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bug#27585: segfault when evaluating a file containing only backticks


From: Daniel Colascione
Subject: bug#27585: segfault when evaluating a file containing only backticks
Date: Thu, 06 Jul 2017 08:52:44 -0700
User-agent: K-9 Mail for Android


On July 5, 2017 12:47:22 PM PDT, Eli Zaretskii <address@hidden> wrote:
>> From: Steve Kemp <address@hidden>
>> Date: Wed, 05 Jul 2017 18:55:31 +0000
>> 
>> > See above: the machinery to try and prevent it exists, but it
>doesn't
>> > always succeed.  And it really can't be 100% reliable.  So I'm
>unsure
>> > what did you expect, and why.
>> 
>>   Honestly?  I expect Emacs to not crash.
>
>You wrote a program that triggers infinite recursion.  Such programs
>will crash in most, if not all, languages.  So your expectations are
>unrealistic.
>
>>  I expect evaluating lisp to not kill the editor
>
>Valid Lisp, I agree.  But yours isn't.
>
>Moreover, there are those among us (I'm not one of them) who thinks
>Emacs shouldn't even try to recover from stack overflow, they say it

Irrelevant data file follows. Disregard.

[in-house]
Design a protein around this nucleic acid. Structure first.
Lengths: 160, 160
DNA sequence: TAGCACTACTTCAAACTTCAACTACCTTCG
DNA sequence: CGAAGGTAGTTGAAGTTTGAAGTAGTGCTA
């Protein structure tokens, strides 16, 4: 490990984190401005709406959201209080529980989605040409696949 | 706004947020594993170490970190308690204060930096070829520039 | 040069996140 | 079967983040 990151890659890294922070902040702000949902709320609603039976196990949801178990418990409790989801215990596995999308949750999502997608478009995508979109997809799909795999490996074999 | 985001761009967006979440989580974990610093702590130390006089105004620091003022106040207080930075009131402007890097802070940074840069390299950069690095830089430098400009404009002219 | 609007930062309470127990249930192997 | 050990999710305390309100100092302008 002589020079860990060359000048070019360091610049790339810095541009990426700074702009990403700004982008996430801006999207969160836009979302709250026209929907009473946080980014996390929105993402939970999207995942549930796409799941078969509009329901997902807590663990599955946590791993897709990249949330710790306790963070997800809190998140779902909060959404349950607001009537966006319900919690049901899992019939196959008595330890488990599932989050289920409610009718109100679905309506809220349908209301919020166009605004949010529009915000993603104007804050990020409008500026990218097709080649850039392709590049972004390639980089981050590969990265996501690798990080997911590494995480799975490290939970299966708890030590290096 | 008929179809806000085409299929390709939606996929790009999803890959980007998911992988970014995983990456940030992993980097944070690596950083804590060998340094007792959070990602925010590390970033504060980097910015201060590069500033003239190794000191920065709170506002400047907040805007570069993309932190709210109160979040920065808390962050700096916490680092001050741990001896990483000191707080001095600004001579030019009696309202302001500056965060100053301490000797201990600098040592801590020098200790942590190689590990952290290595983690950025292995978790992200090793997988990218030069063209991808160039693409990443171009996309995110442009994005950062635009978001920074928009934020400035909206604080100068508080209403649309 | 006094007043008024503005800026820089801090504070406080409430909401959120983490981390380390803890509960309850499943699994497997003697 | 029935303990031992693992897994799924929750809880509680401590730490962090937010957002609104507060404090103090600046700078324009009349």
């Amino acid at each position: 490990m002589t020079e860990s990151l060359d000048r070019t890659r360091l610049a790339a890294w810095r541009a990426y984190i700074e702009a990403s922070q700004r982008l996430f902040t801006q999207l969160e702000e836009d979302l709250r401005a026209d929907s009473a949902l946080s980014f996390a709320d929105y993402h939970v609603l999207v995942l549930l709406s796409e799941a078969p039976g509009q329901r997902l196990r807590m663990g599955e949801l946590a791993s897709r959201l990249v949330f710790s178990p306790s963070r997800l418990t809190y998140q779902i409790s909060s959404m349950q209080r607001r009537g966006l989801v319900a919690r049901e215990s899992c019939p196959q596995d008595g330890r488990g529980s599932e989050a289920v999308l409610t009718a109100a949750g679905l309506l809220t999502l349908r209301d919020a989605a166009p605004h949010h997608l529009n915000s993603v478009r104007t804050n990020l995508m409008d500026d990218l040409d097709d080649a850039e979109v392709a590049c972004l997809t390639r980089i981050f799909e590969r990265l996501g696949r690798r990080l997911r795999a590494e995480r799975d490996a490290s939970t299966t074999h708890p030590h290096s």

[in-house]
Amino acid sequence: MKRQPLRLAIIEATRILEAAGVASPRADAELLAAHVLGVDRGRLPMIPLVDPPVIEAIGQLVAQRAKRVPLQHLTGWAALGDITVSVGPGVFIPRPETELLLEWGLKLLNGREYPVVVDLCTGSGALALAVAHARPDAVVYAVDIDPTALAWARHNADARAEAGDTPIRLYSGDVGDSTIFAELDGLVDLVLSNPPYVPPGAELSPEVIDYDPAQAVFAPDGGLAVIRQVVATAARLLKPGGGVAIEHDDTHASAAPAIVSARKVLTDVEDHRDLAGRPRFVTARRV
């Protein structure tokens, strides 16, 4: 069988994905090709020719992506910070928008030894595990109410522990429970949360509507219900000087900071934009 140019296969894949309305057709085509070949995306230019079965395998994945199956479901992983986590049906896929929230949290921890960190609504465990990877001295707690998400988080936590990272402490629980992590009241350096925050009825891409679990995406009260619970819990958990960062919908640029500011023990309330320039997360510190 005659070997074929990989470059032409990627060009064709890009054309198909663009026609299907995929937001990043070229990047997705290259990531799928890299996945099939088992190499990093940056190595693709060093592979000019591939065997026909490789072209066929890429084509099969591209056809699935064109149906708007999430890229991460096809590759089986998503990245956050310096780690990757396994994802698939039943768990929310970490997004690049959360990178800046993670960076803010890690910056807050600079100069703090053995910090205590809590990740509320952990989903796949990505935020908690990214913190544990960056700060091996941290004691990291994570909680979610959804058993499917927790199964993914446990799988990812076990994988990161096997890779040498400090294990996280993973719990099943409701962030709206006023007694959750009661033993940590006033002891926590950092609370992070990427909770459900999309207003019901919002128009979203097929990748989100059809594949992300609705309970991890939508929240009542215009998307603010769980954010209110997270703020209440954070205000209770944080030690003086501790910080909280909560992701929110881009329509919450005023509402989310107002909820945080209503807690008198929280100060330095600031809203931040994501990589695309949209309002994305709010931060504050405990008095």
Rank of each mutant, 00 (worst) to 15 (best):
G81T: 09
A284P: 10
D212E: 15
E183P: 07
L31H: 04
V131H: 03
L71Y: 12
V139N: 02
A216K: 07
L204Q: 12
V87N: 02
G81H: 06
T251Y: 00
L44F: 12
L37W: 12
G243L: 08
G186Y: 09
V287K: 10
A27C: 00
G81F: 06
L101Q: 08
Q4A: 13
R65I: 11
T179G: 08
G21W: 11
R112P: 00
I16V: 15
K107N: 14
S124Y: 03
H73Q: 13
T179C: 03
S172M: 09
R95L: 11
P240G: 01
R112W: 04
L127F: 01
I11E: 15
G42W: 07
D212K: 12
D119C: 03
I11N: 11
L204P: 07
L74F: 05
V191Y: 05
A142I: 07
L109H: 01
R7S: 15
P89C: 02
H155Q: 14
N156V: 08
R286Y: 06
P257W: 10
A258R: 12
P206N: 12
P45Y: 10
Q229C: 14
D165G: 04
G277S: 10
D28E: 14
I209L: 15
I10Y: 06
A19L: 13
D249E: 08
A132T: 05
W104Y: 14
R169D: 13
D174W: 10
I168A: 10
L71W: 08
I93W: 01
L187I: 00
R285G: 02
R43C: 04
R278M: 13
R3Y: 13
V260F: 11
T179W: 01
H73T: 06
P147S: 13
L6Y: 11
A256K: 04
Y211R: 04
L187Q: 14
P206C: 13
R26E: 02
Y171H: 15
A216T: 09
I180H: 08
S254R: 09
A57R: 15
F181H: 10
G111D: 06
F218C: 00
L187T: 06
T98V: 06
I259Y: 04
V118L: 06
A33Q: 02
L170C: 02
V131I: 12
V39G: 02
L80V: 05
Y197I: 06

>should crash hard right there and then.

Native stack? Certainly. The current approach, a signal handler that longjmps 
to top-level, cannot possibly work reliability, since it interrupts and 
abandons whatever the code is doing. If it has some kind of lock held and you 
try to take that lock again, you deadlock. Data structures might be in 
completely incoherent states. The last time we had this discussion, someone 
asserted that the worst that could happen might be a "memory leak". That's very 
wrong.

This signal handler is a huge, ticking time bomb, and I completely turn it off 
in my Emacs. Everyone else should too.

Recovering when elisp blows the stack is a different matter.


>
>So your expectations are not necessarily shared, even as aspirations,
>by some developers.
>
>> > IOW: why would someone want to run such a silly "program"?
>> 
>>   In the real world?  Nobody.
>
>Then why are we discussing this use case?  Let's talk about
>more practical and interesting cases.





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